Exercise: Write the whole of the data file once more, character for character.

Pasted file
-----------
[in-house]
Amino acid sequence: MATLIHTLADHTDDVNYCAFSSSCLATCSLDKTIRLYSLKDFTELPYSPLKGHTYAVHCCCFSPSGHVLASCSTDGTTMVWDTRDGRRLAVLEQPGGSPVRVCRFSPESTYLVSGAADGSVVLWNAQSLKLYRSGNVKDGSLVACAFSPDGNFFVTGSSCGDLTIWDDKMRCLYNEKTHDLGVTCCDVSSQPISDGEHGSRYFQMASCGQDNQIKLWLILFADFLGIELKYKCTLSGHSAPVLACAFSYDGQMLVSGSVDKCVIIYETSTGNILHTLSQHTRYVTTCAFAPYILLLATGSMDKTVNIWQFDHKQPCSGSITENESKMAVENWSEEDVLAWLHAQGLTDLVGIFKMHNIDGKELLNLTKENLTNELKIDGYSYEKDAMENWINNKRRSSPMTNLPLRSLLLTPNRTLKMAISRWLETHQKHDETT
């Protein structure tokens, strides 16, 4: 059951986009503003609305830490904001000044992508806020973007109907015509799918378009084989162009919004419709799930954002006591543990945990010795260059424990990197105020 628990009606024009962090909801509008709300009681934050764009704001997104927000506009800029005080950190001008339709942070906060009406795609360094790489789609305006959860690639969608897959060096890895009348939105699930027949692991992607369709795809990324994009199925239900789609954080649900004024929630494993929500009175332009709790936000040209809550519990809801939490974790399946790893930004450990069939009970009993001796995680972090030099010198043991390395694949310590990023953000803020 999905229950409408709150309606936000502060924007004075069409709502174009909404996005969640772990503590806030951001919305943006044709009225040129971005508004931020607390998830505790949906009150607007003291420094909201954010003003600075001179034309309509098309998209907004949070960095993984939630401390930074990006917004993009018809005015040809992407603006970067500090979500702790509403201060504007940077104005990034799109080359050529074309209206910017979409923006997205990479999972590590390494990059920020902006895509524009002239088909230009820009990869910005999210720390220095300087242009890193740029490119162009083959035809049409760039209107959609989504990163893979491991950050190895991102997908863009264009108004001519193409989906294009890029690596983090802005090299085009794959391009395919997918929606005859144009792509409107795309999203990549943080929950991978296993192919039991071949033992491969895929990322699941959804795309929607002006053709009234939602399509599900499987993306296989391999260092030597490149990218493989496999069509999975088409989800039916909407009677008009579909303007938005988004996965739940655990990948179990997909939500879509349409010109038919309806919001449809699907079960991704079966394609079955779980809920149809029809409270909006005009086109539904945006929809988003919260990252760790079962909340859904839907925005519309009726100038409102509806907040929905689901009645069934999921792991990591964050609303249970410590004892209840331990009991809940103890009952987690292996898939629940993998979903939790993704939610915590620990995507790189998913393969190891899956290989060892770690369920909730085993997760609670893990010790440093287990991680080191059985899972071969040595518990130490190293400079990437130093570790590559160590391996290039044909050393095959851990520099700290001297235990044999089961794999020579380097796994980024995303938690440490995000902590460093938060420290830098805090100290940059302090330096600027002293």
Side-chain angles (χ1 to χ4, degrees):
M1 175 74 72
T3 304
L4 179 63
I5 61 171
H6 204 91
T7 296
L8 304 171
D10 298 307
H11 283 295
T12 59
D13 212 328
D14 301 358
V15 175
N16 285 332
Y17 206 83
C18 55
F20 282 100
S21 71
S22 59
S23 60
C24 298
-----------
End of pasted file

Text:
[in-house]
Amino acid sequence: MATLIHTLADHTDDVNYCAFSSSCLATCSLDKTIRLYSLKDFTELPYSPLKGHTYAVHCCCFSPSGHVLASCSTDGTTMVWDTRDGRRLAVLEQPGGSPVRVCRFSPESTYLVSGAADGSVVLWNAQSLKLYRSGNVKDGSLVACAFSPDGNFFVTGSSCGDLTIWDDKMRCLYNEKTHDLGVTCCDVSSQPISDGEHGSRYFQMASCGQDNQIKLWLILFADFLGIELKYKCTLSGHSAPVLACAFSYDGQMLVSGSVDKCVIIYETSTGNILHTLSQHTRYVTTCAFAPYILLLATGSMDKTVNIWQFDHKQPCSGSITENESKMAVENWSEEDVLAWLHAQGLTDLVGIFKMHNIDGKELLNLTKENLTNELKIDGYSYEKDAMENWINNKRRSSPMTNLPLRSLLLTPNRTLKMAISRWLETHQKHDETT
């Protein structure tokens, strides 16, 4: 059951986009503003609305830490904001000044992508806020973007109907015509799918378009084989162009919004419709799930954002006591543990945990010795260059424990990197105020 628990009606024009962090909801509008709300009681934050764009704001997104927000506009800029005080950190001008339709942070906060009406795609360094790489789609305006959860690639969608897959060096890895009348939105699930027949692991992607369709795809990324994009199925239900789609954080649900004024929630494993929500009175332009709790936000040209809550519990809801939490974790399946790893930004450990069939009970009993001796995680972090030099010198043991390395694949310590990023953000803020 999905229950409408709150309606936000502060924007004075069409709502174009909404996005969640772990503590806030951001919305943006044709009225040129971005508004931020607390998830505790949906009150607007003291420094909201954010003003600075001179034309309509098309998209907004949070960095993984939630401390930074990006917004993009018809005015040809992407603006970067500090979500702790509403201060504007940077104005990034799109080359050529074309209206910017979409923006997205990479999972590590390494990059920020902006895509524009002239088909230009820009990869910005999210720390220095300087242009890193740029490119162009083959035809049409760039209107959609989504990163893979491991950050190895991102997908863009264009108004001519193409989906294009890029690596983090802005090299085009794959391009395919997918929606005859144009792509409107795309999203990549943080929950991978296993192919039991071949033992491969895929990322699941959804795309929607002006053709009234939602399509599900499987993306296989391999260092030597490149990218493989496999069509999975088409989800039916909407009677008009579909303007938005988004996965739940655990990948179990997909939500879509349409010109038919309806919001449809699907079960991704079966394609079955779980809920149809029809409270909006005009086109539904945006929809988003919260990252760790079962909340859904839907925005519309009726100038409102509806907040929905689901009645069934999921792991990591964050609303249970410590004892209840331990009991809940103890009952987690292996898939629940993998979903939790993704939610915590620990995507790189998913393969190891899956290989060892770690369920909730085993997760609670893990010790440093287990991680080191059985899972071969040595518990130490190293400079990437130093570790590559160590391996290039044909050393095959851990520099700290001297235990044999089961794999020579380097796994980024995303938690440490995000902590460093938060420290830098805090100290940059302090330096600027002293």
Side-chain angles (χ1 to χ4, degrees):
M1 175 74 72
T3 304
L4 179 63
I5 61 171
H6 204 91
T7 296
L8 304 171
D10 298 307
H11 283 295
T12 59
D13 212 328
D14 301 358
V15 175
N16 285 332
Y17 206 83
C18 55
F20 282 100
S21 71
S22 59
S23 60
C24 298